May-June 2021

Page 12

Green With Envy? Not Any More! By Jim Harris

This can be the year you stop envying your neighbor’s beautiful yard and create your own. We interviewed local pros to get advice on how to make it happen. Chad Whitten, owner of Whitten Nursery, said to do it right the first time to eliminate costly re-dos. Doing research up front ensures plant choices work in your location’s climate and sun exposure. That research includes evaluating the soil and sun conditions you’ll be planting in and the level of time you’re willing to commit to maintenance. Your plant choices will be very different if you want low maintenance options versus working in your yard daily, he said. Clay soil is also a consideration with most area lawns, so using the proper soil conditioner will improve results. Chad said to pick plants that do well in our climate. Rhododendron and winter Daphne are a couple of examples of beautiful plants that people see elsewhere and love, but they do not usually grow well here, he said. Crimson Fire loropetulum, Kaleidoscope abelia, and Encore azaleas are examples of vibrantly colored plants that thrive here and are low maintenance. Kaleidoscope abelia is deer-proof, and Encore azaleas bloom multiple times each year. Firepower, Blush, Flirt, and Lemon Lime are popular varieties of nandina, another beautiful shrub that is low maintenance and well suited to our area. The team at Whitten will gladly guide you to the best options for your situation. Ron O’Neal, owner of O’Neal Seed Company, suggested that homeowners get a soil test before planting grass to ensure they use what’s best for their lawns. Clemson University offers a service to analyze your soil. You’ll need to take a 6” deep, 1” diameter sample from 8-10 locations in your yard, mix it in a clean bucket and take that sample to your county agent’s office. They will process it and get the results to you in a couple of weeks. The cost is under $10. You’ll then know what is needed to improve your soil’s quality, based on the variety of grass you choose. Bermuda and zoysia are warm-season grasses that work well here, while fescue is an excellent cool-season variety that, once established, will stay green year-round. Once you have your soil analysis, Ron said he will guide you with recommendations for the proper grass varieties and how to plant and nourish your new grass as well as ridding your lawn of unwanted weeds. If you have deep topsoil, you can probably avoid preplanting aeration. If you have mostly clay, you will need aeration to open up the soil, Ron said. He recommended andersonmagazine.com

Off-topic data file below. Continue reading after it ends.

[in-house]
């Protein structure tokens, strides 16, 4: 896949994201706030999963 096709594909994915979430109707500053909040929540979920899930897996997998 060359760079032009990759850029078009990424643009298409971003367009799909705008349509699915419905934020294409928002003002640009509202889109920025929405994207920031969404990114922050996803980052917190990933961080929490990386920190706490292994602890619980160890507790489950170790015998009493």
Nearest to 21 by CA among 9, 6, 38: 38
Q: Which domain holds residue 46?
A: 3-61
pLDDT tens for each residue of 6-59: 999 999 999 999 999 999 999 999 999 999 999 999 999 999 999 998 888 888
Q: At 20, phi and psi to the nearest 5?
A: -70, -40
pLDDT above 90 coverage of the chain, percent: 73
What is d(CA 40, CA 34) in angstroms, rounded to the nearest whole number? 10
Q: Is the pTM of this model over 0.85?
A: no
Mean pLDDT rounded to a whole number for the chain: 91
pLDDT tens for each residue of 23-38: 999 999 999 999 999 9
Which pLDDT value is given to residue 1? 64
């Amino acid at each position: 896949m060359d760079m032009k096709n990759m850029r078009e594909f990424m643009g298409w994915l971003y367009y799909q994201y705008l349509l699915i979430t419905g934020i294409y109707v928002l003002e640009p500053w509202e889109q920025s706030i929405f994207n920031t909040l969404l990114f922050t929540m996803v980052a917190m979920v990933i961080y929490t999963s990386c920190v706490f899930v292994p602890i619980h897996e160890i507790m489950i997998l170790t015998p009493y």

Ron O’Neal of O’Neal Seed Company double aerating your lawn, saying, “Run the spiker, then put the seed out, then run the spiker again. Seed will fall into the first hole and then you’ll push more seed into the ground.” Denise Blackwell is the owner of McAllister Greenhouses. She suggested accenting your shrub choices with perennials and annuals to add color and variety to your lawn’s aesthetics. She stocks plants well suited to our local climate and soil, including the bolder colors that are very popular today. She advises that watering every other day will help those brighter colors last longer through the summer months. Working with the proper tools is a key to a beautiful lawn and protecting your budget. Joe Whitlow manages Anderson Power Equipment. He told us that the trend today is rechargeable cordless tools. Technological improvements in batteries allow longer use time and savings in fuel and maintenance. Stihl offers a rechargeable line called Combi, a multi-use powerhead with a wide variety of attachments like string trimmers, hedge trimmers, and edgers, so you avoid purchasing all of these tools individually. Stihl also has a new line of smaller handheld tools, like the GTA 26, a miniature cordless chain saw, which is great for smaller jobs. For those of you using gasoline-powered equipment, Joe recommended starting each device monthly, buying fuel in small quantities, and using modern gas cans to keep the fuel supply and systems as clean and fresh as possible, therefore extending the life of the tool. Follow these tips and enjoy your beautiful lawn! 12

May/June 2021